In North Jutland, you can sit back and relax in a holiday home or cottage home that suits your needs for a great holiday. Feel the fresh breeze on your skin and enjoy the astounding surroundings of nature that surround the holiday homes.
In a holiday home in North Jutland, you decide the pace. Buy your products from local farmers, whose stands are found all along the roads. Go to the nearest harbour town and buy the freshly caught fish. Cook, relax and enjoy with the people you treasure most. Below we have made an overview of some of the many choices of holiday home rental in North Jutland. Whether you need a large home, a smaller one, close to the beach or more secluded in the woods, you are sure to find one that matches your needs.
NOVASOL and dansommer is an excellent choice when it comes finding the perfect holiday home. And with the new local office in Øster Hurup, information and service is never far. NOVASOL and dansommer is also a major player abroad in more than 26 countries and over 30.000 holiday homes for...
DanCenter rents out more than 5,500 holiday homes in Denmark. They have a large selection of holiday homes in areas such as Jutland, Funen, North Zealand, and Bornholm, and at different price categories. Search and book directly through our website and use the map-search to search for ho...
In the 1940s, the trade union movement and Hjørring tourist group build a holiday resort in Skallerup, The Skallerup Seaside Resort. The resort opened to the first tourists and holidaymakers in 1949. The town and resort still exist today, but it has been modernized during the years to comply with modern standards.
A Summer house or cottage home gives you the most optimal holiday if you want to bring your dog to North Jutland. There is plenty of room for play and walks without being disturbing others. Bring your dog to North Jutland, there is room for everyone!
The "Summer resident culture" of Denmark started in the 18th century when the townsfolk fled the cities to relax and enjoy a simpler life in the countryside.
First, at the end of the 19th-century, holiday homes as we know them today started to get built. Artists "occupied" the beaches and the significant light near Skagen and Hornbæk in North Sjælland in the first place but soon the bourgeoisie followed them. In the beginning, they rented rooms in locals' homes but it did not take long before people sought to own their own plot of land and in the 1890s the first real summer house land has been marked out.
In Jutland, it was the wild nature of the west coast that attracted people. Firstly Skagen, but also Løkken, Blokhus, Lønstrup and many of the other known coast towns along the west coast belong to the oldest area with summer houses in Denmark.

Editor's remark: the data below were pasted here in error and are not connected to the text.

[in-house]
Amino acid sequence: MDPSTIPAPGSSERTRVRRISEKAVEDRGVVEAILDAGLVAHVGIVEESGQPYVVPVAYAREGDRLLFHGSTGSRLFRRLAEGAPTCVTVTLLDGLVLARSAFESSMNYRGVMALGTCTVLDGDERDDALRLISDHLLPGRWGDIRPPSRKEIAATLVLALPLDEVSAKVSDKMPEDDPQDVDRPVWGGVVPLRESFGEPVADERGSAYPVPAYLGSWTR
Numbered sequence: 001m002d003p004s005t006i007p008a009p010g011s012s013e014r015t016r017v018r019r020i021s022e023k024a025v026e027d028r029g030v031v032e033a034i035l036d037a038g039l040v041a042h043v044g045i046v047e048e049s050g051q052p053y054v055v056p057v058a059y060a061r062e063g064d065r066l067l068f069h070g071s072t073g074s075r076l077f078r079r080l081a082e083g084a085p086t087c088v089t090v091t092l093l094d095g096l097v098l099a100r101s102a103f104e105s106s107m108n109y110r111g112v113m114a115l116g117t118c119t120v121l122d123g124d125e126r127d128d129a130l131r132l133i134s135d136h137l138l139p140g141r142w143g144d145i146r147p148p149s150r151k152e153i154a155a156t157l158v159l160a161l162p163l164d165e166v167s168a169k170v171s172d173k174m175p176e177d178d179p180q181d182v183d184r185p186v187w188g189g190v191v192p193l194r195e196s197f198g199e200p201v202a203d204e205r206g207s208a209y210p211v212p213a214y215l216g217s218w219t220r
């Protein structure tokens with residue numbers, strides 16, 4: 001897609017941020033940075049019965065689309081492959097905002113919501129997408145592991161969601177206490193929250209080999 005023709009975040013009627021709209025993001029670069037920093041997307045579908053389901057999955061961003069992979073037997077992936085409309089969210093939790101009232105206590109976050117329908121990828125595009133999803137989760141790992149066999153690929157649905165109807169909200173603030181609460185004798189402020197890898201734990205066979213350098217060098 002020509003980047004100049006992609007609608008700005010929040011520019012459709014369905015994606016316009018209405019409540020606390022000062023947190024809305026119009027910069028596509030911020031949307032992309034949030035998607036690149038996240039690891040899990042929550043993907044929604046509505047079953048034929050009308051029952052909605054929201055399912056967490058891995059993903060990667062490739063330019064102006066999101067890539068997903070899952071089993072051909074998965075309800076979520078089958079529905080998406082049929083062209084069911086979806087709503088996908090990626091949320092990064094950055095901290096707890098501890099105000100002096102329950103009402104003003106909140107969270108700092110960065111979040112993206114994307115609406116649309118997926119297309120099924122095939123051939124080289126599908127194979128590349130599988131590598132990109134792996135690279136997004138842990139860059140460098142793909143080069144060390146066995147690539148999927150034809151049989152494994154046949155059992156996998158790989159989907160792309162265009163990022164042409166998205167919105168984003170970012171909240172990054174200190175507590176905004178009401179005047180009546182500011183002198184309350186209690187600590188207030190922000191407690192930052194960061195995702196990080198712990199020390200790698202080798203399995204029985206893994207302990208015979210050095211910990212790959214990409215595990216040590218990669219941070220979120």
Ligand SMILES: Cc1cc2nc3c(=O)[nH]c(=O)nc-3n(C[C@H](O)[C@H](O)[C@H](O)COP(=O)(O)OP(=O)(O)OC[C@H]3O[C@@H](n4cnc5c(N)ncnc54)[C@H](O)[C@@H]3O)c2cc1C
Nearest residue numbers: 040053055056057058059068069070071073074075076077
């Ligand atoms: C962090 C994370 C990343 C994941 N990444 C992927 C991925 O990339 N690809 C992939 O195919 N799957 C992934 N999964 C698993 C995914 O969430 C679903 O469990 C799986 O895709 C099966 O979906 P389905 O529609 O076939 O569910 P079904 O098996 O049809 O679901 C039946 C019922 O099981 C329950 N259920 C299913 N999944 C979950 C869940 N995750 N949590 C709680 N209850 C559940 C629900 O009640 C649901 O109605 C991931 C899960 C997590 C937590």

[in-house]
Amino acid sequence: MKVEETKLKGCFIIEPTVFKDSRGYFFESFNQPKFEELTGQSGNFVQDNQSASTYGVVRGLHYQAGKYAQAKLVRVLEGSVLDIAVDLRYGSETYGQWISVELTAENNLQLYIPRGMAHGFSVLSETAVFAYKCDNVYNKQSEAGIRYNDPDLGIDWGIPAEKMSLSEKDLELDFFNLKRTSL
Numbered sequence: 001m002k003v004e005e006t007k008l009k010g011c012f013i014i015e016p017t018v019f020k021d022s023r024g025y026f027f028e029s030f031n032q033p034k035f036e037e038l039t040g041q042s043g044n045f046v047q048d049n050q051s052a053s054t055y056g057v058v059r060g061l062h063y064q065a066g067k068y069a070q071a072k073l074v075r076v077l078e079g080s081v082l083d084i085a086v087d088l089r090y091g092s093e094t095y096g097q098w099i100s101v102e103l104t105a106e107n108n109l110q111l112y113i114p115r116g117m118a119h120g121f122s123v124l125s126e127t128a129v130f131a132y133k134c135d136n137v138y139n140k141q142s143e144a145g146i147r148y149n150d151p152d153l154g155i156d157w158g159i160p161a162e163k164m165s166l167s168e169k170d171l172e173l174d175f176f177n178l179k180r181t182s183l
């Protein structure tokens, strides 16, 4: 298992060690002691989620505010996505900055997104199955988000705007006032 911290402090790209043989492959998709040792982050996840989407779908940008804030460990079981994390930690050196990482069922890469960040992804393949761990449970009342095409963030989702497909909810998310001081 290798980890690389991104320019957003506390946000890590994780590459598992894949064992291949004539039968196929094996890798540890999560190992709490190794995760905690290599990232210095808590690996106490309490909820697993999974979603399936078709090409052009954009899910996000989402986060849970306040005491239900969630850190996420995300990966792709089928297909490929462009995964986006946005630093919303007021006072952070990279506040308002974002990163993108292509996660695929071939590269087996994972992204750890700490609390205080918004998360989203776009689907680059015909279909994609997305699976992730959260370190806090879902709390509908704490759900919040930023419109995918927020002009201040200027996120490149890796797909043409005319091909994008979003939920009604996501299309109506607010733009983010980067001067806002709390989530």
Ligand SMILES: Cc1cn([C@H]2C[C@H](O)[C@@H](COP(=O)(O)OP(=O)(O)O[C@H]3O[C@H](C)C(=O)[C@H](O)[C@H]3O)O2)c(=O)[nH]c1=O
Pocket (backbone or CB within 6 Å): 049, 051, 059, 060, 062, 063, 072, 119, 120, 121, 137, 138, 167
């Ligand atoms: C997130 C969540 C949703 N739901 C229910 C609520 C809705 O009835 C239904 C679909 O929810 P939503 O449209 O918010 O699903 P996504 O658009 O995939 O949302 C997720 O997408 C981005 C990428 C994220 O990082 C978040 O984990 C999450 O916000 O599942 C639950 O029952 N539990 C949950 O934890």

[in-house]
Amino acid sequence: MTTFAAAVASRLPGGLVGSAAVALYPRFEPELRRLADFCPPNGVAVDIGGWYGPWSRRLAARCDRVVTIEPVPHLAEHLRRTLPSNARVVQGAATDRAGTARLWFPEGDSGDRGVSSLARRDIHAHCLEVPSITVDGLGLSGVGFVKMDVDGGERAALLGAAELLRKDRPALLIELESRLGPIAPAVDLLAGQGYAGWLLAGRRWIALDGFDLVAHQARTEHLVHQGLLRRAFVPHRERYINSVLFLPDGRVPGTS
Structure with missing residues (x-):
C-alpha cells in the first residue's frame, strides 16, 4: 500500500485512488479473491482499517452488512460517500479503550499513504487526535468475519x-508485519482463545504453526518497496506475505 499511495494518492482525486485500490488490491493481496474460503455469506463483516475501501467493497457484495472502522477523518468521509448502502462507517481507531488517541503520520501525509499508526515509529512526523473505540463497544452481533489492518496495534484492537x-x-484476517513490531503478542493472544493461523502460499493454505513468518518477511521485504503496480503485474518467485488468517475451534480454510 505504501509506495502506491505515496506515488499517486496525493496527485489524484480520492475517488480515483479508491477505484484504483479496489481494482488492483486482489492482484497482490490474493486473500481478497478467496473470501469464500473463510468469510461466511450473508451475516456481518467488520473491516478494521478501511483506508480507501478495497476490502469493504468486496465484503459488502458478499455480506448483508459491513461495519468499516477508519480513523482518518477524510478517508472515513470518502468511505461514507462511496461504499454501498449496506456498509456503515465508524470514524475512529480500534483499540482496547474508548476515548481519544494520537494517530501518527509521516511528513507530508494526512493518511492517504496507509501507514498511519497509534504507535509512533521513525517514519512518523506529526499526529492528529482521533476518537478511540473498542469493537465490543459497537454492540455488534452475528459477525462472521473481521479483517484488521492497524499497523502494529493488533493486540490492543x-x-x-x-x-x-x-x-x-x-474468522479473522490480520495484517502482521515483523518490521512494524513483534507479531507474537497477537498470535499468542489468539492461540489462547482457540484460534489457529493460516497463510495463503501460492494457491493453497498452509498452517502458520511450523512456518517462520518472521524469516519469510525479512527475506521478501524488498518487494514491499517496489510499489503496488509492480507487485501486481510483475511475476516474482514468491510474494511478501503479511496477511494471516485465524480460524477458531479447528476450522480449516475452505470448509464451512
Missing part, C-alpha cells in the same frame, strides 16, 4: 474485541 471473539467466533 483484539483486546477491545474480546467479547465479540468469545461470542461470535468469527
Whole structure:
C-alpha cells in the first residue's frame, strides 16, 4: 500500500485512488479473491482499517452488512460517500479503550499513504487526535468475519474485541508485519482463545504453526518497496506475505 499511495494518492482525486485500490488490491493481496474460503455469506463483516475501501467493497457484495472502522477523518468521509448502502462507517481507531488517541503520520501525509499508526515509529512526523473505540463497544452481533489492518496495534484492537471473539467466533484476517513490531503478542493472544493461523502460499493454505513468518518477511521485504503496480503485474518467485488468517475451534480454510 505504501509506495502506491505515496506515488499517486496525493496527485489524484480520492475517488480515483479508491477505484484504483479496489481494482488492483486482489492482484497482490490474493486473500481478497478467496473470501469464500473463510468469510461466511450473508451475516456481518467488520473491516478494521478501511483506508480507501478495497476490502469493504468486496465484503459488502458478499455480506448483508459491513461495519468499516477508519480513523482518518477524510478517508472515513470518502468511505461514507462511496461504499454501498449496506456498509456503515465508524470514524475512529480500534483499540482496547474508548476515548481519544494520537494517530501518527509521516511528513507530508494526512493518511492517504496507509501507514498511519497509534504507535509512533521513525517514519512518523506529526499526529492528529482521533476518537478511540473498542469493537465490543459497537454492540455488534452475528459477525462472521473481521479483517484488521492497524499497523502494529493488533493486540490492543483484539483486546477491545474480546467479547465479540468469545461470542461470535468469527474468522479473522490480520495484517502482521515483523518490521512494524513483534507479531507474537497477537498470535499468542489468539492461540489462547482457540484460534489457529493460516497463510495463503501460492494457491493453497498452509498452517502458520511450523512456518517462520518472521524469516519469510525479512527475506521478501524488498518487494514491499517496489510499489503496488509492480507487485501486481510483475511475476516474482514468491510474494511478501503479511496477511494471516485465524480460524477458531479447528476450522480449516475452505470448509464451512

With the railways and the ship traffic at the beginning of the 20th century, it became easier for townsfolk to reach the countryside, which was part of the reason why so many holiday homes were built in this time, for instance along the coast and the islands of Rømø, Fanø, Samsø, Læsø, Anholt or Bornholm.
At the beginning of the 20th century, holidays were reserved for only a small group of people but this changed slowly between the 1920s and 30s and after the Danish Holiday Act in 1938 everyone had the right to have two weeks of paid holiday. That created extra interest in new and cheap summer houses. Many of these houses were only simple weekend-cabins built of the available material - or they just put an old railway wagon on their plot of land, which was often in a short and cycle convenient distance to the city.
With growing prosperity at the end of the 1950s, it got serious in constructing summer houses and most of the 200.000 summer houses in Denmark have been built in the 60s and 70s.
Because of the flourishing holiday home industry, it was in 1977 decided to make a "no-built" zone along the coast and rules for how close to the coast it is allowed to erect buildings. This respect for nature has already been considered by the architect Ejnar Dyggve in 1916 as he made a development plan for the area around Lange Travs in Tibirke Bakke so that the beautiful nature was not destroyed by the intensive construction of summer houses.
The development plan says that only one house can be built for every barrel of land, that the houses should be placed in the valley lows, have a roof made by straw and the building should fit the local building traditions. Nowadays this region is one of Denmark's most beautiful summer house areas.
Some of the well-known architects of Denmark have also left their mark on the construction of summer houses. Poul Henningsen drew a standard house for the standard house company Myresjö - one well-preserved copy can for instance be seen in Gammel Skagen.
The typical holiday home today is far away from the simple weekend in an old cottage. Nowadays it is popular to have your own peaceful and modern holiday home. It is still nature and the escape from the hectic life that attracts tourists. The good part is, you don't have to leave modern comfort behind when you flee to the countryside.
The holiday homes are well-equipped, almost like a normal house. To make sure it is possible for you to stay there not only in the summer season, but insulation, floor heating, and fireplaces make these houses inhabitable all year around.